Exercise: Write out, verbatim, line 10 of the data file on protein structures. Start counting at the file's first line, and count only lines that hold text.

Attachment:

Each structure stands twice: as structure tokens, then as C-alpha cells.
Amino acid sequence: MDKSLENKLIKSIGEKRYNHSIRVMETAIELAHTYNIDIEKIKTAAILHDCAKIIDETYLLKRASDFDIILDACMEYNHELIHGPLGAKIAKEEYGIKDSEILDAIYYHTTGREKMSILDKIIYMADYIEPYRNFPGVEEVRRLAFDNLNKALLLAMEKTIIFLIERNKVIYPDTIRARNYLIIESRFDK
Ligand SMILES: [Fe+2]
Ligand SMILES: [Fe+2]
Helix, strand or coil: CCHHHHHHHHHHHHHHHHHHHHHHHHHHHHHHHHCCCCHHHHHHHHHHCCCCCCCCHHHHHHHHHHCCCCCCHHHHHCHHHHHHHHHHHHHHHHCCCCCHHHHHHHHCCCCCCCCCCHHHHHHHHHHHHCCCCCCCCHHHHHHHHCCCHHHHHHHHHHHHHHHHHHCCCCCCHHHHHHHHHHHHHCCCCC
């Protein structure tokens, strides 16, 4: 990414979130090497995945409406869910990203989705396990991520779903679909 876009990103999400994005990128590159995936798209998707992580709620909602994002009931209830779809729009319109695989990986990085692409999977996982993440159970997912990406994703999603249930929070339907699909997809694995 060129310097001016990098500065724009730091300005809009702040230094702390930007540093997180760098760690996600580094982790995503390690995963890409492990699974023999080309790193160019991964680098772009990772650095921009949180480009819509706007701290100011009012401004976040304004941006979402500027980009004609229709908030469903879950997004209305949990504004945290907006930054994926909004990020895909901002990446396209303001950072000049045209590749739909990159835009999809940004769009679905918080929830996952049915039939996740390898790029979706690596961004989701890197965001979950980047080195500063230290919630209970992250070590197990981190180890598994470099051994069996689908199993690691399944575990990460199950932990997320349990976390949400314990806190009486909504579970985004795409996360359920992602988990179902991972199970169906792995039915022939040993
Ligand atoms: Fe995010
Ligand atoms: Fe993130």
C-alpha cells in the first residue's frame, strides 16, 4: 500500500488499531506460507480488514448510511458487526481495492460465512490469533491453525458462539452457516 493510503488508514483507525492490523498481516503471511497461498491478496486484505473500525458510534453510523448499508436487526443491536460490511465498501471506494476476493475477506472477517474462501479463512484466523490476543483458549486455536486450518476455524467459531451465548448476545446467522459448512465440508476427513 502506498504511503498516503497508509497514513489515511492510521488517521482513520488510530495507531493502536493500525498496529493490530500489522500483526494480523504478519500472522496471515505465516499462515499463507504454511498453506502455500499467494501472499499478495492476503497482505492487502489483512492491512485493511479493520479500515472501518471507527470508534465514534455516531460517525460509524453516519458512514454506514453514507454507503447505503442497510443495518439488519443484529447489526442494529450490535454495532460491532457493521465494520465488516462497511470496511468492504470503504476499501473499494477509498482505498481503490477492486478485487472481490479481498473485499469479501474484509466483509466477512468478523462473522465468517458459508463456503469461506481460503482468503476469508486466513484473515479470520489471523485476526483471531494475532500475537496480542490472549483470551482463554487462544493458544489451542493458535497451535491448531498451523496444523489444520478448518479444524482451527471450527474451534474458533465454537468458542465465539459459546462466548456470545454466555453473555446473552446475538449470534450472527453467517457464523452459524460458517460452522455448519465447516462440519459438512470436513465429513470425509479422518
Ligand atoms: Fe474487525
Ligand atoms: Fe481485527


Ligand atoms: Fe474487525